In a set of shocking revelations, Cyrus Mistry, who was on Monday unceremoniously ousted from the post of Tata Sons chairman, has said his predecessor and successor Ratan Tata had undermined his authority by exercising his clout. The presence of an “alternate power centres without any accountability and responsibility”, Mistry said, posed the risk of “contravening insider trading regulations” and also exposed the trustees to potential tax liabilities.
In a five-page letter to the Tata Sons board, Mistry claimed he was not given a “free hand” to run the business but was turned into “lame duck” chairman. After his appointment, he wrote, the articles of association of Tata Sons had been modified, changing the rules of engagement between the trusts, board, chairman and operating companies.
Mistry’s letter talks of a “total lack of corporate governance” and the failure on the part of the directors to “discharge the fiduciary duty owed to stakeholders of Tata Sons and of the group companies”. Mistry, 48 — and son of Shapoorji Pallonji Mistry, who has an 18% stake in Tata Sons — has warned the group faces impairments to the tune of $18 billion if just five companies are realistically assessed.
In an insight into the functioning of Tata Sons, Mistry cites the instance of how once the trustee directors Nitin Nohria and Vijay Singh had to leave a a board meeting in progress for almost an hour, keeping the rest of the board waiting, “in order to obtain instructions from Mr Tata”.
“I had to ease out hangers-on prone to flaunting their proximity to power,” Mistry wrote. Tata, he alleged had left him with no choice but to enter aviation since Tata had concluded negotiations to partner with AirAsia and had wanted the proposal “tabled at the forthcoming Tata Sons board meeting”. His pushback, he said, had been hard but futile.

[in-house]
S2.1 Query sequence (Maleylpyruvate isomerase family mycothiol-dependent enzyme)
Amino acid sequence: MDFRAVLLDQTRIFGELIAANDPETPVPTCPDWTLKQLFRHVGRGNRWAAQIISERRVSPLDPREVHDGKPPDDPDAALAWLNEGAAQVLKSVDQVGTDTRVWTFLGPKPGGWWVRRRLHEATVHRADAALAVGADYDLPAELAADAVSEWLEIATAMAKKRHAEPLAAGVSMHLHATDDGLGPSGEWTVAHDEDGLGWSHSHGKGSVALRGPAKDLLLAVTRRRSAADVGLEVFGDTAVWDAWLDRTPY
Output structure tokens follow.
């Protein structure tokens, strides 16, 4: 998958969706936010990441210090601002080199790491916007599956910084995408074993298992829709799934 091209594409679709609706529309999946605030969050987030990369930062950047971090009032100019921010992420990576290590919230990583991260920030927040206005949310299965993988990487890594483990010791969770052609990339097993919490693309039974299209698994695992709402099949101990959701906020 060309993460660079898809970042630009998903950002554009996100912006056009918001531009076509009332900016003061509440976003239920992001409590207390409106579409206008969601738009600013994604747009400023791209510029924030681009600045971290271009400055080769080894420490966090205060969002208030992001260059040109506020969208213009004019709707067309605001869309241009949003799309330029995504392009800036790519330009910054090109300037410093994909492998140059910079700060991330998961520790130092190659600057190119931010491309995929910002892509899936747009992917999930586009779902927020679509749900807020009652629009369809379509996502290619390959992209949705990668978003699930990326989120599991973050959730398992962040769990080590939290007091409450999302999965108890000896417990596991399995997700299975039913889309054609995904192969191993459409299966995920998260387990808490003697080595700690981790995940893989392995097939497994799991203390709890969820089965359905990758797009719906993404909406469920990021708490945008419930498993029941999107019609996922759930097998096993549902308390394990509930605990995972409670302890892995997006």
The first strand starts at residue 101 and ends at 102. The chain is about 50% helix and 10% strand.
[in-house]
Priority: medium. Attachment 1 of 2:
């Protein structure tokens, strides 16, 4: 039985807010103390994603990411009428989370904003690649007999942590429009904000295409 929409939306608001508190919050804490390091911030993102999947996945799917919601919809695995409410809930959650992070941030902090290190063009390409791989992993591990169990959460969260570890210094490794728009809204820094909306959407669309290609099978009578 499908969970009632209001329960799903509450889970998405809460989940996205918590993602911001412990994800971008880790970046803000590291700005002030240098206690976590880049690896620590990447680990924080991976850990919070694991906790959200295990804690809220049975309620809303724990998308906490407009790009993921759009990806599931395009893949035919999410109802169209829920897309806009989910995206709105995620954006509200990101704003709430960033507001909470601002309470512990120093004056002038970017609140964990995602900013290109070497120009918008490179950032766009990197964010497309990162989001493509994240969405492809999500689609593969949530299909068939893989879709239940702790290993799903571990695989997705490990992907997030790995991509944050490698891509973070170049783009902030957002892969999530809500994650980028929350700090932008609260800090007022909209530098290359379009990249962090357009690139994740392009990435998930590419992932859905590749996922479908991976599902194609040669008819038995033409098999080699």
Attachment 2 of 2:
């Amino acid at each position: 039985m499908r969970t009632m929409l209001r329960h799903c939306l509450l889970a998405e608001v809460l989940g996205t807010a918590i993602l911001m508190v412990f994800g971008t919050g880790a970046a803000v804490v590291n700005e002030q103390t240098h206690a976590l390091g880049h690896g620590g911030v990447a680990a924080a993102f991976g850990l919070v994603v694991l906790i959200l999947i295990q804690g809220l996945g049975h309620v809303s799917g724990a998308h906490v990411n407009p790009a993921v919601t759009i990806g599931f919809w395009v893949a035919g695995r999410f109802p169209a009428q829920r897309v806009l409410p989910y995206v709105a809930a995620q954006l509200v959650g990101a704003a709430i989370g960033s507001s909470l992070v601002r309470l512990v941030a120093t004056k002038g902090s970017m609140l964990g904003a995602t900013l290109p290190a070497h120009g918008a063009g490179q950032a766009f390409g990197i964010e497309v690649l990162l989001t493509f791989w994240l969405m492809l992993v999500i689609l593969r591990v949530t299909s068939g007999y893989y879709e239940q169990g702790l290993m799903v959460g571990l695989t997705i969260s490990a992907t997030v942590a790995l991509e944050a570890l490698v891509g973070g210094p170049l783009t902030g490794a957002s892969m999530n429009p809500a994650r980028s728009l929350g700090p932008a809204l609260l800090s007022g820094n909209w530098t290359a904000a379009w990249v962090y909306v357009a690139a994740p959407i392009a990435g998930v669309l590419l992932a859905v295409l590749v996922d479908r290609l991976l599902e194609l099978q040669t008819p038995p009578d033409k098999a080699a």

Again, Tata had presented him with a fait accompli on the joint venture with Singapore Airlines. “Without the benefit of time and experience to fully evaluate the proposal, I had to accept that Tata Sons would take a 51% stake in a $100 million joint venture,”
Saying he could not believe he had been removed for non-performance, especially since he had inherited so many troubled and debt-laden businesses, Mistry defended himself, pointing out that in a difficult environment, the group’s net worth had risen to R42,000 crore from R26,000 crore under his watch, while operating cash flows had grown at a compounded 31%.
Describing the precarious financial condition of some group companies, Mistry has said that apart from Tetley and Jaguar Land Rover, all acquisitions had left a huge debt overhang. The European steel business, he said, faced potential impairments of over $10 billion, only some of which has been taken as of date. Indian Hotels had to write down almost its entire net worth in three years. Tata Chemicals still needs tough decisions about its UK and Kenya operations. On the telecom business, Mistry wrote, “If we were to exit this business via firesale or shut down, the cost would be $4-5 billion.” The original deal structure of the Docomo venture raises many questions about its prudence, he observed.
An analysis of the aggregate data of the legacy hotspots — Indian Hotels, the passenger vehicles business of Tata Motors, Tata Steel Europe, Tata Power (Mundra) and Tata Teleservices — between 2011 and 2015 shows the capital employed in these companies had risen from R1,32,000 crore to R1,96,000 crore due to operational losses, interest and capex. This figure is close to the net worth of the group, at present R1,74,000 crore. A realistic assessment of the fair value of these businesses could potentially result in a writedown over time of about R1,18,000 crore.